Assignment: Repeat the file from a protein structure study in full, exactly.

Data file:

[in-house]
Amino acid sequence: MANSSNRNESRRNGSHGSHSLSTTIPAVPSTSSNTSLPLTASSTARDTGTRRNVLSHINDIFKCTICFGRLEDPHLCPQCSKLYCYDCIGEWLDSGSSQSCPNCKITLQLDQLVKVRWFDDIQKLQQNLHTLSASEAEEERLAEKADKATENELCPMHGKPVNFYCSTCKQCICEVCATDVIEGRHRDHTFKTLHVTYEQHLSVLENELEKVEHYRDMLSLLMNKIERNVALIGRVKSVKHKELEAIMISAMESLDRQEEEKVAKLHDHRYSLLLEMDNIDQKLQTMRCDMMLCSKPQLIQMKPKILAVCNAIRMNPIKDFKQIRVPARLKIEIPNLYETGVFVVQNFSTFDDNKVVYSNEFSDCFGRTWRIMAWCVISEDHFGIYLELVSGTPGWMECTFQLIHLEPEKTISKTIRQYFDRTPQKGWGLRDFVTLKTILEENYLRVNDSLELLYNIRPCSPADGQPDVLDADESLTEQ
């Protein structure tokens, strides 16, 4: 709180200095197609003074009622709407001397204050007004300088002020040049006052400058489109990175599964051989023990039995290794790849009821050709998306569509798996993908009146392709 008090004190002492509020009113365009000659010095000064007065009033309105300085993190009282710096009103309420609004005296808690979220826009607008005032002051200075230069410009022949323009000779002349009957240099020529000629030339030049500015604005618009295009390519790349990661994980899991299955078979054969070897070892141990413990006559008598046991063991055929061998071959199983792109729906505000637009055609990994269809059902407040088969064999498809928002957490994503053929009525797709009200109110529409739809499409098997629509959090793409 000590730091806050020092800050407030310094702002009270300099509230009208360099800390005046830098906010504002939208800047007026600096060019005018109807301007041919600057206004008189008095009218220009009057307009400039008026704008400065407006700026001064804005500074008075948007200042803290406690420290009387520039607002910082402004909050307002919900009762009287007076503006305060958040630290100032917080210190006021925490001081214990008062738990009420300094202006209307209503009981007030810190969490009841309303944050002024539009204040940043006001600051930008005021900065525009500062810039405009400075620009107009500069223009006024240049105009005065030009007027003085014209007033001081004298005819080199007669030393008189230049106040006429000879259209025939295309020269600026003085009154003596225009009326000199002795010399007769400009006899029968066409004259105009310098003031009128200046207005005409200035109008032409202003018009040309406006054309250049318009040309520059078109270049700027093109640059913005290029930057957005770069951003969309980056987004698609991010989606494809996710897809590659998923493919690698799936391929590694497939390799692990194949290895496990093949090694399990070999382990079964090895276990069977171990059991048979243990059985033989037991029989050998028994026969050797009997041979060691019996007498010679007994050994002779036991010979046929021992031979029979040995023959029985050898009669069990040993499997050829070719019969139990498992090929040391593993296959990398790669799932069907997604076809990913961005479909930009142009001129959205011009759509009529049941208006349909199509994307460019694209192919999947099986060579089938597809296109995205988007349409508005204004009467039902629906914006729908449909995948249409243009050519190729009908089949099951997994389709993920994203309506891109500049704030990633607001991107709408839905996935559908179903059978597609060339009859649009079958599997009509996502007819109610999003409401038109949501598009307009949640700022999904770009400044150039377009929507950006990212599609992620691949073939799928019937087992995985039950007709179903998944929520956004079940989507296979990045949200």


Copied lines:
[in-house]
Amino acid sequence: MANSSNRNESRRNGSHGSHSLSTTIPAVPSTSSNTSLPLTASSTARDTGTRRNVLSHINDIFKCTICFGRLEDPHLCPQCSKLYCYDCIGEWLDSGSSQSCPNCKITLQLDQLVKVRWFDDIQKLQQNLHTLSASEAEEERLAEKADKATENELCPMHGKPVNFYCSTCKQCICEVCATDVIEGRHRDHTFKTLHVTYEQHLSVLENELEKVEHYRDMLSLLMNKIERNVALIGRVKSVKHKELEAIMISAMESLDRQEEEKVAKLHDHRYSLLLEMDNIDQKLQTMRCDMMLCSKPQLIQMKPKILAVCNAIRMNPIKDFKQIRVPARLKIEIPNLYETGVFVVQNFSTFDDNKVVYSNEFSDCFGRTWRIMAWCVISEDHFGIYLELVSGTPGWMECTFQLIHLEPEKTISKTIRQYFDRTPQKGWGLRDFVTLKTILEENYLRVNDSLELLYNIRPCSPADGQPDVLDADESLTEQ
């Protein structure tokens, strides 16, 4: 709180200095197609003074009622709407001397204050007004300088002020040049006052400058489109990175599964051989023990039995290794790849009821050709998306569509798996993908009146392709 008090004190002492509020009113365009000659010095000064007065009033309105300085993190009282710096009103309420609004005296808690979220826009607008005032002051200075230069410009022949323009000779002349009957240099020529000629030339030049500015604005618009295009390519790349990661994980899991299955078979054969070897070892141990413990006559008598046991063991055929061998071959199983792109729906505000637009055609990994269809059902407040088969064999498809928002957490994503053929009525797709009200109110529409739809499409098997629509959090793409 000590730091806050020092800050407030310094702002009270300099509230009208360099800390005046830098906010504002939208800047007026600096060019005018109807301007041919600057206004008189008095009218220009009057307009400039008026704008400065407006700026001064804005500074008075948007200042803290406690420290009387520039607002910082402004909050307002919900009762009287007076503006305060958040630290100032917080210190006021925490001081214990008062738990009420300094202006209307209503009981007030810190969490009841309303944050002024539009204040940043006001600051930008005021900065525009500062810039405009400075620009107009500069223009006024240049105009005065030009007027003085014209007033001081004298005819080199007669030393008189230049106040006429000879259209025939295309020269600026003085009154003596225009009326000199002795010399007769400009006899029968066409004259105009310098003031009128200046207005005409200035109008032409202003018009040309406006054309250049318009040309520059078109270049700027093109640059913005290029930057957005770069951003969309980056987004698609991010989606494809996710897809590659998923493919690698799936391929590694497939390799692990194949290895496990093949090694399990070999382990079964090895276990069977171990059991048979243990059985033989037991029989050998028994026969050797009997041979060691019996007498010679007994050994002779036991010979046929021992031979029979040995023959029985050898009669069990040993499997050829070719019969139990498992090929040391593993296959990398790669799932069907997604076809990913961005479909930009142009001129959205011009759509009529049941208006349909199509994307460019694209192919999947099986060579089938597809296109995205988007349409508005204004009467039902629906914006729908449909995948249409243009050519190729009908089949099951997994389709993920994203309506891109500049704030990633607001991107709408839905996935559908179903059978597609060339009859649009079958599997009509996502007819109610999003409401038109949501598009307009949640700022999904770009400044150039377009929507950006990212599609992620691949073939799928019937087992995985039950007709179903998944929520956004079940989507296979990045949200």